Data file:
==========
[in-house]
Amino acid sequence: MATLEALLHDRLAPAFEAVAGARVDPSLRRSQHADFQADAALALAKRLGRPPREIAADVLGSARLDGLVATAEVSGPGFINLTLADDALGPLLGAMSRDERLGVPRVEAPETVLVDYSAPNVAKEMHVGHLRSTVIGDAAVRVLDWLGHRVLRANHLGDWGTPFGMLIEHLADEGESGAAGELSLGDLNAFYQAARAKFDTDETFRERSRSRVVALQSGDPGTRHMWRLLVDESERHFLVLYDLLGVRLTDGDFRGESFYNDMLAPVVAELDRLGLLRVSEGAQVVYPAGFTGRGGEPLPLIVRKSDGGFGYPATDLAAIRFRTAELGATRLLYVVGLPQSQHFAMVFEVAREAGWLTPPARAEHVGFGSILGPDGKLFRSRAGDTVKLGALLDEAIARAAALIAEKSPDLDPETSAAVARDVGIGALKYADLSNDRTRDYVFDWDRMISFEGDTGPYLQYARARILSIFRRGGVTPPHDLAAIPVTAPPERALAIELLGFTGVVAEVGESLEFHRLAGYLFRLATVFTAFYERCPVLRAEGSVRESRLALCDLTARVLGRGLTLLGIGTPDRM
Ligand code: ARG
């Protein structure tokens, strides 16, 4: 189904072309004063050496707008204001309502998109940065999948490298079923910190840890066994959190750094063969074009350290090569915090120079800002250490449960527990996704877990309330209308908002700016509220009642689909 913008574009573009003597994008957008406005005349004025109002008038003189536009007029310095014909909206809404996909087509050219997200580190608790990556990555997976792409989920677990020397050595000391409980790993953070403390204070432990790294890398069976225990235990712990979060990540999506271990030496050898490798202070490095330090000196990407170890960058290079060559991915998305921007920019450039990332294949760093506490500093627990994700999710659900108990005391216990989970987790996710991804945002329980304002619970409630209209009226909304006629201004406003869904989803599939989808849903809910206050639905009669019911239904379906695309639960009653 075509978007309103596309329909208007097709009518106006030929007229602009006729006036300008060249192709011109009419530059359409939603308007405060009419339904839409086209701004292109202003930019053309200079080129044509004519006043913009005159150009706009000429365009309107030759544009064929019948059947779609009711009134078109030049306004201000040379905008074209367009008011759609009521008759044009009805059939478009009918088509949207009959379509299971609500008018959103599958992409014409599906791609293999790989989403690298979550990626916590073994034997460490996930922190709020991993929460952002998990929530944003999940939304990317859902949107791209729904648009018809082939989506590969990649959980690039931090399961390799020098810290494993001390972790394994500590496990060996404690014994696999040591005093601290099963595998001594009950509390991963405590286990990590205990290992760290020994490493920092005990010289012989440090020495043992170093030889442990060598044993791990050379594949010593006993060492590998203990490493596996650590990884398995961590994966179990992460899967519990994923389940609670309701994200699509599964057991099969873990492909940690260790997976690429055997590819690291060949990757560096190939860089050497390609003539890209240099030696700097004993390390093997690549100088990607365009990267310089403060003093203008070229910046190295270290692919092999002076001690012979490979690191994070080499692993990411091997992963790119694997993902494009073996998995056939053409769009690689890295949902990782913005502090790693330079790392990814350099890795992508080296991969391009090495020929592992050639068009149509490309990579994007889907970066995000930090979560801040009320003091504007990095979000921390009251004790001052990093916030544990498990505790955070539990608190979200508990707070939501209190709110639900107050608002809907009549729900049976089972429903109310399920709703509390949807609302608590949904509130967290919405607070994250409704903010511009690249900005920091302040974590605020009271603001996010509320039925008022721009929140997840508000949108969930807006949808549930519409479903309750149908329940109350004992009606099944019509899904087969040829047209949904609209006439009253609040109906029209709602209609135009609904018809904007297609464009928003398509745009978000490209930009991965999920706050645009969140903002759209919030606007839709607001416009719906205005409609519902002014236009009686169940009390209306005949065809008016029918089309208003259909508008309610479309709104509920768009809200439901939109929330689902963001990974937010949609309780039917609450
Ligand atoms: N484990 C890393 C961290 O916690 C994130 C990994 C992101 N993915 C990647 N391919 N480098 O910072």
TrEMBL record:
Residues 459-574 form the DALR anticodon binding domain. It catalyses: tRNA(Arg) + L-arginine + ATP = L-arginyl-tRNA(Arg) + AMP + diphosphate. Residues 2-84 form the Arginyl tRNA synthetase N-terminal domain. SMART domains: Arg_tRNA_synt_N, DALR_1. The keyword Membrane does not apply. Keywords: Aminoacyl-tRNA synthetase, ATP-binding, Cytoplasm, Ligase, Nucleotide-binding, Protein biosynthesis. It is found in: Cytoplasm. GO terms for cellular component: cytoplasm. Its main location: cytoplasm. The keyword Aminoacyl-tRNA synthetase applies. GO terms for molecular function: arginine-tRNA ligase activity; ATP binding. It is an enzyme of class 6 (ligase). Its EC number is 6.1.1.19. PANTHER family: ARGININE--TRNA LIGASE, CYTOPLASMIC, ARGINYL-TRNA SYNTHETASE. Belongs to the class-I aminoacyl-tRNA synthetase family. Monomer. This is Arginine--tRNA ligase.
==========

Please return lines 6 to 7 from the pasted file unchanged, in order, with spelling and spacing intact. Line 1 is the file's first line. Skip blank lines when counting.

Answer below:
TrEMBL record:
Residues 459-574 form the DALR anticodon binding domain. It catalyses: tRNA(Arg) + L-arginine + ATP = L-arginyl-tRNA(Arg) + AMP + diphosphate. Residues 2-84 form the Arginyl tRNA synthetase N-terminal domain. SMART domains: Arg_tRNA_synt_N, DALR_1. The keyword Membrane does not apply. Keywords: Aminoacyl-tRNA synthetase, ATP-binding, Cytoplasm, Ligase, Nucleotide-binding, Protein biosynthesis. It is found in: Cytoplasm. GO terms for cellular component: cytoplasm. Its main location: cytoplasm. The keyword Aminoacyl-tRNA synthetase applies. GO terms for molecular function: arginine-tRNA ligase activity; ATP binding. It is an enzyme of class 6 (ligase). Its EC number is 6.1.1.19. PANTHER family: ARGININE--TRNA LIGASE, CYTOPLASMIC, ARGINYL-TRNA SYNTHETASE. Belongs to the class-I aminoacyl-tRNA synthetase family. Monomer. This is Arginine--tRNA ligase.